Former Sumner School Superintendent Gil Mendoza agreed Thursday to pay $2,000 in fines for failure to comply with Washington political campaign laws.
The state Public Disclosure Commission (PDC) fined Mendoza a total of $4,500, but suspended $2,500 of the fine as long as he pays the remainder within two weeks of the commission’s final order, and commits no further violations for the next four years.
The fine grew out of the fall 2011 Sumner School Board race. The race took place just months after Mendoza had been ousted from his job by the school board, in June 2011.
The PDC and Mendoza agreed to facts in the case. According to PDC documents, Mendoza:
• Paid for and sent a mailer to more than 24,000 Sumner School District residents in October 2011. The mailer supported three candidates and opposed two others.
His total expenditures were more than $8,000.
• Failed to include his name on the mailer, instead listing a group called Citizens Advocating a Responsible Education System (CARES), which he said does not exist. He said he invented it as a pseudonym because he didn’t want to unfairly influence the election, based on his “reputable standing in the community and popularity as the former superintendent.”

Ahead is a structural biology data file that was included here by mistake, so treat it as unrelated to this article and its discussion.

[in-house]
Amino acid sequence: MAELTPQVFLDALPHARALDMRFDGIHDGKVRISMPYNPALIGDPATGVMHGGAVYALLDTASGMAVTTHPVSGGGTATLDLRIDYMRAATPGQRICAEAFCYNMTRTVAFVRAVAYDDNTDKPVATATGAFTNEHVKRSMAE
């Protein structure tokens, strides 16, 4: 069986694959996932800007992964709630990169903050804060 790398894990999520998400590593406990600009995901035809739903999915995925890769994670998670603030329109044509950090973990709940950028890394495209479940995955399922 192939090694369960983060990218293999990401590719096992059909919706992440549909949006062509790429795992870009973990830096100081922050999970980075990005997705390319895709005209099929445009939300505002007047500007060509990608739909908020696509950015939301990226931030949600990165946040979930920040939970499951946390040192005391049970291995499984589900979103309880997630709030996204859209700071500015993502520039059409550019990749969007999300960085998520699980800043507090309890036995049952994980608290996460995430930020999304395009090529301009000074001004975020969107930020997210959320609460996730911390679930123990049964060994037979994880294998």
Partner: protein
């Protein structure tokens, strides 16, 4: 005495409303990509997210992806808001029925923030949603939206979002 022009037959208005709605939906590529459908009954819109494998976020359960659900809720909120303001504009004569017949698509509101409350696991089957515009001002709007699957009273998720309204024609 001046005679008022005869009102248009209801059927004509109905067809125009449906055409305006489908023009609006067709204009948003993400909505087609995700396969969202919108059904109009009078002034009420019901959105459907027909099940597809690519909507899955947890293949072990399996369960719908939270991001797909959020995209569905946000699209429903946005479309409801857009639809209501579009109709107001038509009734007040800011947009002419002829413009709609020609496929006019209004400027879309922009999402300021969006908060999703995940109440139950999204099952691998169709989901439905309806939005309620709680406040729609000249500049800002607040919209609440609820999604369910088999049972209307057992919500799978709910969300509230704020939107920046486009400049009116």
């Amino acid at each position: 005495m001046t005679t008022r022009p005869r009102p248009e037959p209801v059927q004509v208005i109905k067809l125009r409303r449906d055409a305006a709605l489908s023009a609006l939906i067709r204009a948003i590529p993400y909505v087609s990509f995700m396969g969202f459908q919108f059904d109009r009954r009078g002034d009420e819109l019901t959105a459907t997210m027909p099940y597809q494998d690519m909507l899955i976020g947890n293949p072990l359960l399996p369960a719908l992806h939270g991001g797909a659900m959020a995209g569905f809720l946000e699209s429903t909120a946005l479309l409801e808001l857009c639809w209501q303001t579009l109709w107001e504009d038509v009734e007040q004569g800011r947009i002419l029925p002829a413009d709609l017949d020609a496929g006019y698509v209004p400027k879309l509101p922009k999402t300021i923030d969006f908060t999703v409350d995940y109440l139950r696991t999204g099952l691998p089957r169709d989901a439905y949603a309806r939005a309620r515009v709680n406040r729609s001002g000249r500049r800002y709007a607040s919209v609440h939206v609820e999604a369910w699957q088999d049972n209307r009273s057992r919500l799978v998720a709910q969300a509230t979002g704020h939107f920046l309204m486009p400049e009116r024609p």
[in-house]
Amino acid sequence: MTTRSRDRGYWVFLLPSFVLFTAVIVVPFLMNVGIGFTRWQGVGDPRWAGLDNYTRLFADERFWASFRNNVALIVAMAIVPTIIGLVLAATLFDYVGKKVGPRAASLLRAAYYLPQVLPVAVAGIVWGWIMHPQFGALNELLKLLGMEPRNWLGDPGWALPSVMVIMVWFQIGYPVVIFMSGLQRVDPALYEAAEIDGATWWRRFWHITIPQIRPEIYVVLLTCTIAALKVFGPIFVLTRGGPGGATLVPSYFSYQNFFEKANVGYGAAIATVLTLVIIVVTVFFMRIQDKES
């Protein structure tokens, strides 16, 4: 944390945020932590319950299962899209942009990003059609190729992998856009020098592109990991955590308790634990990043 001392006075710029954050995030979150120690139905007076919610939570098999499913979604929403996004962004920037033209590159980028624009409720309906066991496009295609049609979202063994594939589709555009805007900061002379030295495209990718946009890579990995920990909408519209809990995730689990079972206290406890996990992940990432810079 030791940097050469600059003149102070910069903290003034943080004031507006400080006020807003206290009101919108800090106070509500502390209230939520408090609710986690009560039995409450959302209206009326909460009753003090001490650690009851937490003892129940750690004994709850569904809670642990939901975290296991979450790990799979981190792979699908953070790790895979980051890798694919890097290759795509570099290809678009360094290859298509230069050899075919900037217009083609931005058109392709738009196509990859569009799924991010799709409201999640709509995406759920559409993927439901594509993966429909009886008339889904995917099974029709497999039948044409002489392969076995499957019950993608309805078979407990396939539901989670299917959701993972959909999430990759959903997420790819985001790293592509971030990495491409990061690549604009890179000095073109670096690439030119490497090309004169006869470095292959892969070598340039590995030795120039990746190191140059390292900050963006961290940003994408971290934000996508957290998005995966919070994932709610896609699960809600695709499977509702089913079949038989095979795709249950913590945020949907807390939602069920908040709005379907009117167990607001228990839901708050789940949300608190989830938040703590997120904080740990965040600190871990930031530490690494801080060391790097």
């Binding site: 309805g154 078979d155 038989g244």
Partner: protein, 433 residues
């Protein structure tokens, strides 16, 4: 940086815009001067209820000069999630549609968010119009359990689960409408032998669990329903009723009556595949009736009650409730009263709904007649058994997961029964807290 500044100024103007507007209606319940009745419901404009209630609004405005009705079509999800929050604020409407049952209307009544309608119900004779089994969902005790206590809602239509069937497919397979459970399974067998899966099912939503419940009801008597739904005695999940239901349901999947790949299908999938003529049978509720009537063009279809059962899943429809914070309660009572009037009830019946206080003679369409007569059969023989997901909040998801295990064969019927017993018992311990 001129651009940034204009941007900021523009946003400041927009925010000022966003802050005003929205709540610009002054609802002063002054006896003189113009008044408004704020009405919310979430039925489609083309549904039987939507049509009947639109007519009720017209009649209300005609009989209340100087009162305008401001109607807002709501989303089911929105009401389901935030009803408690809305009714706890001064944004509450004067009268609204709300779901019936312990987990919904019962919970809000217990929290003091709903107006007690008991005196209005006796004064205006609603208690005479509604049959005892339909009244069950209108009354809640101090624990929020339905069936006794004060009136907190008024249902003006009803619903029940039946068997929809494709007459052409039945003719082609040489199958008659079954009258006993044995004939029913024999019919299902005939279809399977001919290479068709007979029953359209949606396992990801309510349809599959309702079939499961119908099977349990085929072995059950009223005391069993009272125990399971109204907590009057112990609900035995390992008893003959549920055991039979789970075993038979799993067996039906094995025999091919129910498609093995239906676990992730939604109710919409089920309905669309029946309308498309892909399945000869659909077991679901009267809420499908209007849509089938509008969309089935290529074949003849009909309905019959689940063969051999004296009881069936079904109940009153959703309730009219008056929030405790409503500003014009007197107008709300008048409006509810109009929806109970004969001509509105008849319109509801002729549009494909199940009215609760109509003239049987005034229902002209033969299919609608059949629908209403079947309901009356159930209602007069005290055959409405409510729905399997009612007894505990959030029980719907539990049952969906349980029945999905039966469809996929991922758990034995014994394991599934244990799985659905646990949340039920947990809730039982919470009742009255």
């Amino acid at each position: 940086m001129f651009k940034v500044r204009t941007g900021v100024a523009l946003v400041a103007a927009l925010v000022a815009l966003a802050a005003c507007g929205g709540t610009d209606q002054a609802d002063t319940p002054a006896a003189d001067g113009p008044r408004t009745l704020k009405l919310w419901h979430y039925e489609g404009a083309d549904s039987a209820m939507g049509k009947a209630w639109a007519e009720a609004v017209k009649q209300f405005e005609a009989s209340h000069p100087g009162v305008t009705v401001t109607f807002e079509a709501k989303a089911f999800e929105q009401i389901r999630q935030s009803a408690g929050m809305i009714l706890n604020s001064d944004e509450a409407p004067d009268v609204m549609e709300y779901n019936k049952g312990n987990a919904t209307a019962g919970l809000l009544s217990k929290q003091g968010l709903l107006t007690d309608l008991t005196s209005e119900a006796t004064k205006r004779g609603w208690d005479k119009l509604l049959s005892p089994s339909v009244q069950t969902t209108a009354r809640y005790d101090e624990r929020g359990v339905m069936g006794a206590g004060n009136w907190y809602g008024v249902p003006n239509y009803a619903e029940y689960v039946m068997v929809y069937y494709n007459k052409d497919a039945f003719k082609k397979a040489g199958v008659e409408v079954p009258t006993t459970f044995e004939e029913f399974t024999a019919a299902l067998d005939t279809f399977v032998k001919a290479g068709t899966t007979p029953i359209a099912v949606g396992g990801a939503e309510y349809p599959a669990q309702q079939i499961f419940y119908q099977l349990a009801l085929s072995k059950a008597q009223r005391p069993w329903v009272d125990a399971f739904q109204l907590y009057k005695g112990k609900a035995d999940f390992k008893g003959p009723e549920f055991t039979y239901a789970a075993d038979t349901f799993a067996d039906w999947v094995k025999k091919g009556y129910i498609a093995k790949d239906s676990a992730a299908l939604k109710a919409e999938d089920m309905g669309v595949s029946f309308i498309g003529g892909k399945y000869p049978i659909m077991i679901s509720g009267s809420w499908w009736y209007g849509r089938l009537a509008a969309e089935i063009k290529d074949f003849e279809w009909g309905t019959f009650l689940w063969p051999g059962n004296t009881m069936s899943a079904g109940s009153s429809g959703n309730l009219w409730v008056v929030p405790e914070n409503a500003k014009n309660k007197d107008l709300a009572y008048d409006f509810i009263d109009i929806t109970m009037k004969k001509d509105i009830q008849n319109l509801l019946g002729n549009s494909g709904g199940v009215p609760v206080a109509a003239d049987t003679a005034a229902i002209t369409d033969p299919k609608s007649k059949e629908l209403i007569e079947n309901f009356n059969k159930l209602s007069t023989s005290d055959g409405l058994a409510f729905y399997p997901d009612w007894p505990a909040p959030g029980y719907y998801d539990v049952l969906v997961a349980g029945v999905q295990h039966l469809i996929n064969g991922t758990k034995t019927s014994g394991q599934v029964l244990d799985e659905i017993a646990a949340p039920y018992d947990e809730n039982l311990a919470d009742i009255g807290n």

•Filed required paperwork 14 days late.
Last year, Mendoza said he didn’t know a PDC filing was required for his election mailing until he was notified of a complaint to the PDC. He said he believed he was exercising his First Amendment rights when he mailed the campaign material.
The three candidates Mendoza supported – Paul Bucich, Casey Chamberlain and Richard Hendricks –
won their seats in the election and are now members of the Sumner School Board. A fourth board member, Sherm Voiles, was one of two people who complained to the PDC. Ron Weigelt, who lost the election to Chamberlain, was the other complainant in the case.